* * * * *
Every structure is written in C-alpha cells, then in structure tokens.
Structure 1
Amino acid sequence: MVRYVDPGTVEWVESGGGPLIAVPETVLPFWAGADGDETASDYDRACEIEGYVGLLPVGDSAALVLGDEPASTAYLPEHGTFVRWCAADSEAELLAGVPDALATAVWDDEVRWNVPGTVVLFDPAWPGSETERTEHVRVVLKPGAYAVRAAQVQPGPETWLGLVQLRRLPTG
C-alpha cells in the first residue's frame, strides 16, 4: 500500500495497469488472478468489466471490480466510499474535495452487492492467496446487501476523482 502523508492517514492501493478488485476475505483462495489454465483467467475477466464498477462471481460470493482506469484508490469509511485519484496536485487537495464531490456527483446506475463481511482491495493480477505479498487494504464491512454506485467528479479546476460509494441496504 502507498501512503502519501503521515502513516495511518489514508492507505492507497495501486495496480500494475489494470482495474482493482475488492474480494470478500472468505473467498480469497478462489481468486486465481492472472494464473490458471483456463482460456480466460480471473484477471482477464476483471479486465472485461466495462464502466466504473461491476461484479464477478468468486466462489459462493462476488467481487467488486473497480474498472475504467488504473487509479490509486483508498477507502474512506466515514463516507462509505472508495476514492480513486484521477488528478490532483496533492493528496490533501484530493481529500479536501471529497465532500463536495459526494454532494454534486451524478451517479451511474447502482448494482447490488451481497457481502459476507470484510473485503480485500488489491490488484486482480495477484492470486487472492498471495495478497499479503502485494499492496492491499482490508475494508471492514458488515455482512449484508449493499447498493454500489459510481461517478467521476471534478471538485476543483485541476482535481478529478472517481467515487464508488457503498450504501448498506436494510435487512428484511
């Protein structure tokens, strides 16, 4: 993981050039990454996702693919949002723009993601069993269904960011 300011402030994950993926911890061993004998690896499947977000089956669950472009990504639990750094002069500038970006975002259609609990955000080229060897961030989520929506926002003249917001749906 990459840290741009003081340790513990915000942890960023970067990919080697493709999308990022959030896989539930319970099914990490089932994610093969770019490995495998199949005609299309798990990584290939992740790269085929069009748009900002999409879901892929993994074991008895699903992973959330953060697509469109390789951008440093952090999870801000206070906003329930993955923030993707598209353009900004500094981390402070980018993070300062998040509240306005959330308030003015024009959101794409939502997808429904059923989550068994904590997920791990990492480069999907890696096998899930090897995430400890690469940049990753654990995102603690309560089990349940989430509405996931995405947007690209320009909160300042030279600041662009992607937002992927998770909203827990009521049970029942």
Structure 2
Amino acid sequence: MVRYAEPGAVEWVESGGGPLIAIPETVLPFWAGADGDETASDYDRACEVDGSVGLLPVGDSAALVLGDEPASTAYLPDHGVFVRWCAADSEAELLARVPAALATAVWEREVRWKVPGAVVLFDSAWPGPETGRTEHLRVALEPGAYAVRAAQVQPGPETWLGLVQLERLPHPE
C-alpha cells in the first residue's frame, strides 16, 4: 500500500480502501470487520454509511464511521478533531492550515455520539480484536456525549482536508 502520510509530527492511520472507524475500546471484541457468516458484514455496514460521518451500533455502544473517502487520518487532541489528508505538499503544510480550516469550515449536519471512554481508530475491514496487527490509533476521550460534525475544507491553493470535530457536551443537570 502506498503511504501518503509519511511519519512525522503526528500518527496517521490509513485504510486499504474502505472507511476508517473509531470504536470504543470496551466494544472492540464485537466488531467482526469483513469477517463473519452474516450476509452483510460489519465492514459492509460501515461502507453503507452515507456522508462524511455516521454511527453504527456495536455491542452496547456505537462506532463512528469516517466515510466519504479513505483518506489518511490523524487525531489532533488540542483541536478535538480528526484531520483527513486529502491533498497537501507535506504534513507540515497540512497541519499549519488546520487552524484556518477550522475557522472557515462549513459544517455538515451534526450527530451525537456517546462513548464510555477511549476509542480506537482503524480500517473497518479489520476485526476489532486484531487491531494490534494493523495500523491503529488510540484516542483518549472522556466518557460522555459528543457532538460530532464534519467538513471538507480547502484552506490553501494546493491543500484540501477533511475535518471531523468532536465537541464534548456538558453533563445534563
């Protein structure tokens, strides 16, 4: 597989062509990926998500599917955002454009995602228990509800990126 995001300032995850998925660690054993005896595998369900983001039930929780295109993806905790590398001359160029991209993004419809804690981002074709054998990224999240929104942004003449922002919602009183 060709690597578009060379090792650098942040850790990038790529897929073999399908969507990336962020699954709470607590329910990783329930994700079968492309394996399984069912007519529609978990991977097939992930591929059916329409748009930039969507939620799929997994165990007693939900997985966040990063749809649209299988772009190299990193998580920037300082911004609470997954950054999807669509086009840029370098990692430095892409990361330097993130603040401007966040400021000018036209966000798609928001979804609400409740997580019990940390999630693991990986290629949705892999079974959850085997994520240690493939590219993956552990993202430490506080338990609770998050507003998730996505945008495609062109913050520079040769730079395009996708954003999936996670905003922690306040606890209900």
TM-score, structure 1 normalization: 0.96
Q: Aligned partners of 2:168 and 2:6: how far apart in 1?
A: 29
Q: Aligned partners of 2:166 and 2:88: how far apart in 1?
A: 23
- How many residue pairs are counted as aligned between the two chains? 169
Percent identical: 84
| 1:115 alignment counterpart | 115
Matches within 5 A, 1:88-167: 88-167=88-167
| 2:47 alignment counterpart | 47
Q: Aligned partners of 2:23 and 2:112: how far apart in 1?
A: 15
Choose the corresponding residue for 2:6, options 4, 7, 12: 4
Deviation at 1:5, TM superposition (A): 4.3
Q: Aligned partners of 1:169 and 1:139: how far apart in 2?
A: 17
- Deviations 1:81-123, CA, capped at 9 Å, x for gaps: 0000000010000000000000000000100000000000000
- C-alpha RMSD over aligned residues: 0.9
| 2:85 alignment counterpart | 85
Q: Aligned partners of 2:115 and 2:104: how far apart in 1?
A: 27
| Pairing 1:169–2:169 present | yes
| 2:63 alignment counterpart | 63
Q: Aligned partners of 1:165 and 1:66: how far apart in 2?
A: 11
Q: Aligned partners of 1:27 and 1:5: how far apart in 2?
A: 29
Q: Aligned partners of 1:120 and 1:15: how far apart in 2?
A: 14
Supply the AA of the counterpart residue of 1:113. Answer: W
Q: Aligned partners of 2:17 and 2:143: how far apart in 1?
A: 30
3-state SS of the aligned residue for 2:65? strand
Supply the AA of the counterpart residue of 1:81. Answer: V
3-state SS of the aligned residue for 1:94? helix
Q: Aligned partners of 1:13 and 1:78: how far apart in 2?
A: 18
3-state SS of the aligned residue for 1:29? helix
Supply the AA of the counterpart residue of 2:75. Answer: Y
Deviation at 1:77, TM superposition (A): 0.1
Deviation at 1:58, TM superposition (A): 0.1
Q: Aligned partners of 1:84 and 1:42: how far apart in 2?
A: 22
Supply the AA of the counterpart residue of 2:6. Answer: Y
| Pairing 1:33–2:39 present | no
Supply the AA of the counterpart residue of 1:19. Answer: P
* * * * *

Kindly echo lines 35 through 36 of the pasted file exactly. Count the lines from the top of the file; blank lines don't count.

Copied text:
Q: Aligned partners of 1:27 and 1:5: how far apart in 2?
A: 29